Further, schools need to embrace neurodiversity. Some students thrived in remote learning and others lacked support. Yet this diverse experience in pandemic learning demonstrates that not all students were learning in environments that were best suited to their needs, or were being diagnosed properly to make sure they received the needed support. Schools need to rethink the needs of students for more varied learning models, then make sure students have access to those experiences and equitable screening processes.
Project-based learning and outdoor education have become more popular throughout the
pandemic because of the flexibility it has given students and teachers. Yet what these learning models have shown is that many students perform better academically when they learn through hands-on experiences that develop inquiry, critical thinking and nurture a child’s innate curiosity. Schools can continue to strengthen these instructional approaches to tap into individualized needs of students.
We continue to meet the needs of all students when schools use a culturally responsive
curriculum. Schools need to reckon with how they have ignored the needs, history, and culture of marginalized groups. They need an asset-based instructional approach and curriculum to help us understand students’ genius, not view them as data on assessments. Asset-based approaches view student performance through a lens of what students are achieving and skills they do possess, rather than consistently assessing and labeling what is lacking. Instead of using precious instructional time for testing, remediation, and tutoring, let’s spend it instructing students using an evidence-based approach that meets their needs and supports their identities.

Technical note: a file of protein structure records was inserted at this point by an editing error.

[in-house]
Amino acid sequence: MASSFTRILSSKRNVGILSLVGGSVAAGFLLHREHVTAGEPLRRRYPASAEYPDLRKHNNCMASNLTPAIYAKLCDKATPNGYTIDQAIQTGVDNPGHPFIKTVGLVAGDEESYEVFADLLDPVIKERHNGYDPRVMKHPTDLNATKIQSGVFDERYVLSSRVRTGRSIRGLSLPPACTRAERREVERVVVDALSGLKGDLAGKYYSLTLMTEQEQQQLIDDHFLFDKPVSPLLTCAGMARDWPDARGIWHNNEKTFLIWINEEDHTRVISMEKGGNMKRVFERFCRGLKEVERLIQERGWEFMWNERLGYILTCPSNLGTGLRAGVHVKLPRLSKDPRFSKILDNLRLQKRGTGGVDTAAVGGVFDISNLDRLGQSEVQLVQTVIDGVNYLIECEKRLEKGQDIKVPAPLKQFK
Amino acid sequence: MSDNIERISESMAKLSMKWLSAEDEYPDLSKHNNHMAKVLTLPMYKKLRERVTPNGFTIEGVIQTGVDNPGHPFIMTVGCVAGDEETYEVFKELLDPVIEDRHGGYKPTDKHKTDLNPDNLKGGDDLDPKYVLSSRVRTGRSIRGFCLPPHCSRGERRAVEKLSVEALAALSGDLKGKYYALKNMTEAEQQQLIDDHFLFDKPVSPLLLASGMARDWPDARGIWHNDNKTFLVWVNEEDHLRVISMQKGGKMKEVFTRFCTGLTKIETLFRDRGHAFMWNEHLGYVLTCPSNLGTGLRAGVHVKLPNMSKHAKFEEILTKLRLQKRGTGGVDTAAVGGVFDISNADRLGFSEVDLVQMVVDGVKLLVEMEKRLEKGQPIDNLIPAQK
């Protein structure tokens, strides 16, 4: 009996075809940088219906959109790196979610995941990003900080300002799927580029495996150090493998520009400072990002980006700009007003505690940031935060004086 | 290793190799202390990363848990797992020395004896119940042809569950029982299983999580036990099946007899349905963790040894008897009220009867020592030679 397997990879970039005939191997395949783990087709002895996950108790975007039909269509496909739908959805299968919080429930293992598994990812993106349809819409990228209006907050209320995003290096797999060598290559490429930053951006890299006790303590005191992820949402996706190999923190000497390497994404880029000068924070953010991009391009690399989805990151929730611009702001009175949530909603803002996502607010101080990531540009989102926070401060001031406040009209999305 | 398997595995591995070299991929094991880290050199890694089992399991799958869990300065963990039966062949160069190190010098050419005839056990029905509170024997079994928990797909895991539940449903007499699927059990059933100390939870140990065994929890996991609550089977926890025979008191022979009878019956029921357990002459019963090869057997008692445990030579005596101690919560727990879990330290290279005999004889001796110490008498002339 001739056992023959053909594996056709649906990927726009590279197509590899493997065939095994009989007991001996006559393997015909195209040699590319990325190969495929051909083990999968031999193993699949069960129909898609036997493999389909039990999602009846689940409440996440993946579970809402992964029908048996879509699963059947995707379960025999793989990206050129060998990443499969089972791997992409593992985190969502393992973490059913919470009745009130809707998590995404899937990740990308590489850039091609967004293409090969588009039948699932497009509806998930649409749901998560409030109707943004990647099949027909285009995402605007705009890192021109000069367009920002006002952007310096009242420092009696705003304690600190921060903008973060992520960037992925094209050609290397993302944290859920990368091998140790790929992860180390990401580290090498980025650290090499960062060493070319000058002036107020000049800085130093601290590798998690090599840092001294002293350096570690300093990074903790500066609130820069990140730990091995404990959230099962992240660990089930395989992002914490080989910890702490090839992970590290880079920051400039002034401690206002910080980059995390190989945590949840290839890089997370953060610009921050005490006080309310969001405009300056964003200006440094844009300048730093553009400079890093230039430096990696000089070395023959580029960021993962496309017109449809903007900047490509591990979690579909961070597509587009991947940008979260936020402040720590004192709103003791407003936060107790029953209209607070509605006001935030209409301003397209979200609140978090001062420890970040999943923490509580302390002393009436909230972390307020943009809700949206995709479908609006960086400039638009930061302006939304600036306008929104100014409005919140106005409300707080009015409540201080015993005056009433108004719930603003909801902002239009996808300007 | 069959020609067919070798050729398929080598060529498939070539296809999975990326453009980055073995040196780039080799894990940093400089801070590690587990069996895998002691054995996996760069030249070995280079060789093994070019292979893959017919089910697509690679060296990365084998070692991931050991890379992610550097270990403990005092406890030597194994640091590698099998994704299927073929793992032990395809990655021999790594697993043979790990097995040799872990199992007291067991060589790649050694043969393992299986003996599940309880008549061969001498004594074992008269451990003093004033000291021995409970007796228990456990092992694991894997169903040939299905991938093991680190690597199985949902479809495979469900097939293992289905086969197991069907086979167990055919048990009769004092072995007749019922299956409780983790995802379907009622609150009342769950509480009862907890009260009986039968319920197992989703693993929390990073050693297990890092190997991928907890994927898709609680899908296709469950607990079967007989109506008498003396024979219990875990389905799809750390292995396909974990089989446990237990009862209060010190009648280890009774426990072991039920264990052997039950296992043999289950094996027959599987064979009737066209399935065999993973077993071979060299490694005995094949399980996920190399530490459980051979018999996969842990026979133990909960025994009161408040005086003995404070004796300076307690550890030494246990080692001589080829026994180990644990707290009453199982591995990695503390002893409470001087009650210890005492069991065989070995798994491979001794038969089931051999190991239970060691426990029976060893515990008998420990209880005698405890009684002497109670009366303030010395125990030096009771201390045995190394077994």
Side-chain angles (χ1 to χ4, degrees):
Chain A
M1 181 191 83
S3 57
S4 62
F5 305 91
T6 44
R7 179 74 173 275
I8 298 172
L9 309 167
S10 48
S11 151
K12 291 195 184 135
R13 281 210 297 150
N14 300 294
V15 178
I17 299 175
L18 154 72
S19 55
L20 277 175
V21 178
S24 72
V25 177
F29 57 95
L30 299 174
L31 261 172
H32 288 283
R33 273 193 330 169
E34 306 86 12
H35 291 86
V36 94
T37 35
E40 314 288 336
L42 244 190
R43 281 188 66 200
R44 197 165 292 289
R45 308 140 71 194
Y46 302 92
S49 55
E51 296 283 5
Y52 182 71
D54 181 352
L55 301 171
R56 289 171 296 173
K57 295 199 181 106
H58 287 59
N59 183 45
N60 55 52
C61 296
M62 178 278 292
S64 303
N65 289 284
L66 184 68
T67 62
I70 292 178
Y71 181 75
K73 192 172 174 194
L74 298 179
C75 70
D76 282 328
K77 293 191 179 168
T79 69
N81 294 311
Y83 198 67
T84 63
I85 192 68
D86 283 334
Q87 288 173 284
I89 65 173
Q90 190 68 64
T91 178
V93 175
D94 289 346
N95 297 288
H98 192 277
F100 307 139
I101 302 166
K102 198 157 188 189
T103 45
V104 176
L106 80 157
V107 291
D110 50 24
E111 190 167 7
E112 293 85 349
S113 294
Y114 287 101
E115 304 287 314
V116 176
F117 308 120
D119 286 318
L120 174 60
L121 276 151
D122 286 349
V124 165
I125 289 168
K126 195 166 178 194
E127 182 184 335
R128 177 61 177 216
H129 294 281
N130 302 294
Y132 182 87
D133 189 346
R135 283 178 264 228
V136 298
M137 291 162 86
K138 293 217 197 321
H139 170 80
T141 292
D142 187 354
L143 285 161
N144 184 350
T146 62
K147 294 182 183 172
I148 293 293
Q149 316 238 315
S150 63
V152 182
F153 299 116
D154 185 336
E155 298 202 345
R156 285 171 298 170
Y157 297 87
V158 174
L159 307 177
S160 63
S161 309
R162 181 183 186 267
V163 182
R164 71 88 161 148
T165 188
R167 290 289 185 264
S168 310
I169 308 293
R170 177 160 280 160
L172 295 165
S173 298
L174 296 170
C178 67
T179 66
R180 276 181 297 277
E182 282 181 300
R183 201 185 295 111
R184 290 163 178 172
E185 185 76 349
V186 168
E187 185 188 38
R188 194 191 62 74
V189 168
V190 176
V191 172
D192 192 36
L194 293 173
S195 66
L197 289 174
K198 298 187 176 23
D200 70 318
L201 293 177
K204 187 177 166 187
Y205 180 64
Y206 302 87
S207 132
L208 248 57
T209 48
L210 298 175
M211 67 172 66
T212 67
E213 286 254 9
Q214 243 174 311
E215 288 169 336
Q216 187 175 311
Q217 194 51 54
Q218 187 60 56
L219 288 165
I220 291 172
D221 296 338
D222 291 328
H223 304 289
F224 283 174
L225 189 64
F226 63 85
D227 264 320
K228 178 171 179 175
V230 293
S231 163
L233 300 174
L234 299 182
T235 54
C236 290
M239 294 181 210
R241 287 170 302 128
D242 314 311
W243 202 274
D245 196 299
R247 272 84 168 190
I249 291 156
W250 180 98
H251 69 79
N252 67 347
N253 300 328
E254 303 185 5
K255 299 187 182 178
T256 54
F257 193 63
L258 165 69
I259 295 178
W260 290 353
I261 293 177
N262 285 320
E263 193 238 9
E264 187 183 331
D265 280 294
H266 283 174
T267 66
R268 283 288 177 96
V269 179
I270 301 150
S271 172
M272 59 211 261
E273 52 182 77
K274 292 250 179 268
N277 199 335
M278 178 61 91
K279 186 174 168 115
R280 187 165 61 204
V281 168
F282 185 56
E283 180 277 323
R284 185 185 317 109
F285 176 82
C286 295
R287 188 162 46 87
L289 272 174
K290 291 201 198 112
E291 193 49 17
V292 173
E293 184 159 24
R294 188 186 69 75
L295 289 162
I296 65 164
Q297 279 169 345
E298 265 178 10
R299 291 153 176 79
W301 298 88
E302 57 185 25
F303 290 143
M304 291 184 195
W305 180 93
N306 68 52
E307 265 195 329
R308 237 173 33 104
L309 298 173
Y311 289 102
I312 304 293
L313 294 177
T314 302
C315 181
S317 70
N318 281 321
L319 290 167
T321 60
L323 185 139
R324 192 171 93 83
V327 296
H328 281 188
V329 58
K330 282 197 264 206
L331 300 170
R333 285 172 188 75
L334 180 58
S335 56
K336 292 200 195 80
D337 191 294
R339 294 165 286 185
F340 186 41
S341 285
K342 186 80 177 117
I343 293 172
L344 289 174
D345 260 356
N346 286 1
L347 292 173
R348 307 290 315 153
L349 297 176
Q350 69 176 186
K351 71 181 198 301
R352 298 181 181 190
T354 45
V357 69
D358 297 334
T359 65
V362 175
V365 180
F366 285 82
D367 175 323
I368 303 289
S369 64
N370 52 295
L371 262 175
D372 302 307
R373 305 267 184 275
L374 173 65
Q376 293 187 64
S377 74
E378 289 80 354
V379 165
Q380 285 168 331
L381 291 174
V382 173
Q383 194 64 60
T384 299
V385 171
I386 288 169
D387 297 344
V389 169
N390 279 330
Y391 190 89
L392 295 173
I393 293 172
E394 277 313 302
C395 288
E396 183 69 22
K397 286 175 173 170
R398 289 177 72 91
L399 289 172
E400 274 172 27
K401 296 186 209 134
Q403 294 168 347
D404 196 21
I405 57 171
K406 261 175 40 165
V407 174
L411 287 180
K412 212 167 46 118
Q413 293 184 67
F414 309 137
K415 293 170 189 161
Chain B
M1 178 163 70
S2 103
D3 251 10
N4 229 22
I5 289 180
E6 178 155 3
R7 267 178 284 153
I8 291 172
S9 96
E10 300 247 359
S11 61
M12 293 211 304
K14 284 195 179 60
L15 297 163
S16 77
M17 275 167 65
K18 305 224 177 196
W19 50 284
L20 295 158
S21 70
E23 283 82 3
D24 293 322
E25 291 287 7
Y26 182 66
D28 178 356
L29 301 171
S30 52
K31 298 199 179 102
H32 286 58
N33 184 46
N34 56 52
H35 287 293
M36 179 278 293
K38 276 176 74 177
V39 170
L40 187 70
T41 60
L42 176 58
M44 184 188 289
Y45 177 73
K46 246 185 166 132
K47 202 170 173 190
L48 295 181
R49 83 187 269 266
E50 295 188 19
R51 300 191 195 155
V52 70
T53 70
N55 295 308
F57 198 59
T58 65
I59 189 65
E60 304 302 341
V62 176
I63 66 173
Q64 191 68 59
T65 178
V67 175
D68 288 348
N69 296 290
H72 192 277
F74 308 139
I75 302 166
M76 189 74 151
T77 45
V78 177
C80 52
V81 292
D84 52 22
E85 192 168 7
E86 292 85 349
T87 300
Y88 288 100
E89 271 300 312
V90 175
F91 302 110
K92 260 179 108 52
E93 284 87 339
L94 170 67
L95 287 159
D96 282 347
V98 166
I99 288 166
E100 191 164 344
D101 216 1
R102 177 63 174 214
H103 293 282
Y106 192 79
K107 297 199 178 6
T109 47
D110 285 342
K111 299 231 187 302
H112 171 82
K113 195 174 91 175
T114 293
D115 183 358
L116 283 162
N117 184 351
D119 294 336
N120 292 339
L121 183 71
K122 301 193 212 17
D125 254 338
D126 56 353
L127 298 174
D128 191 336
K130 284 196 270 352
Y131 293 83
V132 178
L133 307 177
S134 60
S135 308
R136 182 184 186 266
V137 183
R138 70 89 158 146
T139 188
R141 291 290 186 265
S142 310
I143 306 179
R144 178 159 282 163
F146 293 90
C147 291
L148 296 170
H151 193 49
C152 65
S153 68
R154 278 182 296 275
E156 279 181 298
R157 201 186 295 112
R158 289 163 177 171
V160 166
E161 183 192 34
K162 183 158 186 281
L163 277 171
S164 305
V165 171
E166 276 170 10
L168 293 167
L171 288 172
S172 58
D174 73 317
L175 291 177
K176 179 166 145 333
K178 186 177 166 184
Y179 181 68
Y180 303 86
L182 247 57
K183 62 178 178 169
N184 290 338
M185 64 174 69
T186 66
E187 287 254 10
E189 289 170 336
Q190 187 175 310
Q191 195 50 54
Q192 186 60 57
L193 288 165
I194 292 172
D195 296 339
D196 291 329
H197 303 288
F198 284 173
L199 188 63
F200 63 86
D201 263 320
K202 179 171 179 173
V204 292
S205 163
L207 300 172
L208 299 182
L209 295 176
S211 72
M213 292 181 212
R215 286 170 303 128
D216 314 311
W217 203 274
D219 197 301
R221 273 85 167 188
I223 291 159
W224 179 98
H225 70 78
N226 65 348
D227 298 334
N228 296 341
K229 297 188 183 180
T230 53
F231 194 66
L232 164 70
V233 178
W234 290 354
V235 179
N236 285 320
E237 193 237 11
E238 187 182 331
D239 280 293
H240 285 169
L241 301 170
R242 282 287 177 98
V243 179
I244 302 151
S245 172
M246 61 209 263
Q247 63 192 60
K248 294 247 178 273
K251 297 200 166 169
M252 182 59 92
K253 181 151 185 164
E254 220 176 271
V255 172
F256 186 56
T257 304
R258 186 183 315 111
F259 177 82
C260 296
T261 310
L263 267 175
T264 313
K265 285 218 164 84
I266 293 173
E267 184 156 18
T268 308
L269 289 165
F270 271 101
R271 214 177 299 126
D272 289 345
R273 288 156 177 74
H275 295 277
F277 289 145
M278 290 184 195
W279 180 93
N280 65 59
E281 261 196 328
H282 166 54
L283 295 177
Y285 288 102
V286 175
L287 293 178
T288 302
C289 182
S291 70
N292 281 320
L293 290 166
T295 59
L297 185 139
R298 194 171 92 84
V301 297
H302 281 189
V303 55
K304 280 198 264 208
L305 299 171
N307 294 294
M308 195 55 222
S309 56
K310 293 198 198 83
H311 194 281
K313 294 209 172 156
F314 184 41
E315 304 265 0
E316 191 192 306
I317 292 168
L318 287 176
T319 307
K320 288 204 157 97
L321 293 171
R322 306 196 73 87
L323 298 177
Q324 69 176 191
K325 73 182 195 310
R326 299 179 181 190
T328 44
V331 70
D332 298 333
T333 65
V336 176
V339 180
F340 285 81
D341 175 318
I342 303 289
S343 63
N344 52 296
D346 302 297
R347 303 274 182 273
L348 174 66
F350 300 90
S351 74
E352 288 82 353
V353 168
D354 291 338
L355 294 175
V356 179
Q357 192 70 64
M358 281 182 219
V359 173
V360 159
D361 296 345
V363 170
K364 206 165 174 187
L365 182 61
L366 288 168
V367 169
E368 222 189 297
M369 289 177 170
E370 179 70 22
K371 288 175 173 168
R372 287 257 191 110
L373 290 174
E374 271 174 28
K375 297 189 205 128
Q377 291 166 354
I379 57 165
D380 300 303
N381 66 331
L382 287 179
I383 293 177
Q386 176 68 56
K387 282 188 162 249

To make sure students have not only the individualized academic support they deserve, but the intimate and nurturing relationships with teachers that foster such success, we need smaller class sizes. We saw small class sizes during the past year in many schools because of COVID-19 safety regulations. Let’s continue to allocate more space for classrooms and support overpopulated schools by building infrastructure to have a significant impact on student learning for all.
By thinking more deeply about each of these measures, we can begin to reimagine schooling. We need to have the audacity to be bold, because our students need us now more than ever. Normal wasn’t working, not just for marginalized communities, but for most. Students do not need to catch up to systems and practices that have long been dysfunctional. We need to use this moment in history to set the stage for a new evolution in schools—one that has been long overdue.
Selena Carrión (@selenacarrion) is an ELA teacher, activist, and writer working in the New York City public schools. She holds an MA in Elementary Inclusive Education from Teachers College, Columbia University and an MLIS degree with a focus on media literacy and technology from Syracuse University. She is a long-time collaborator at TC, a member of the NYSED SEL framework advisor team, and a digital innovator and consultant for PBS.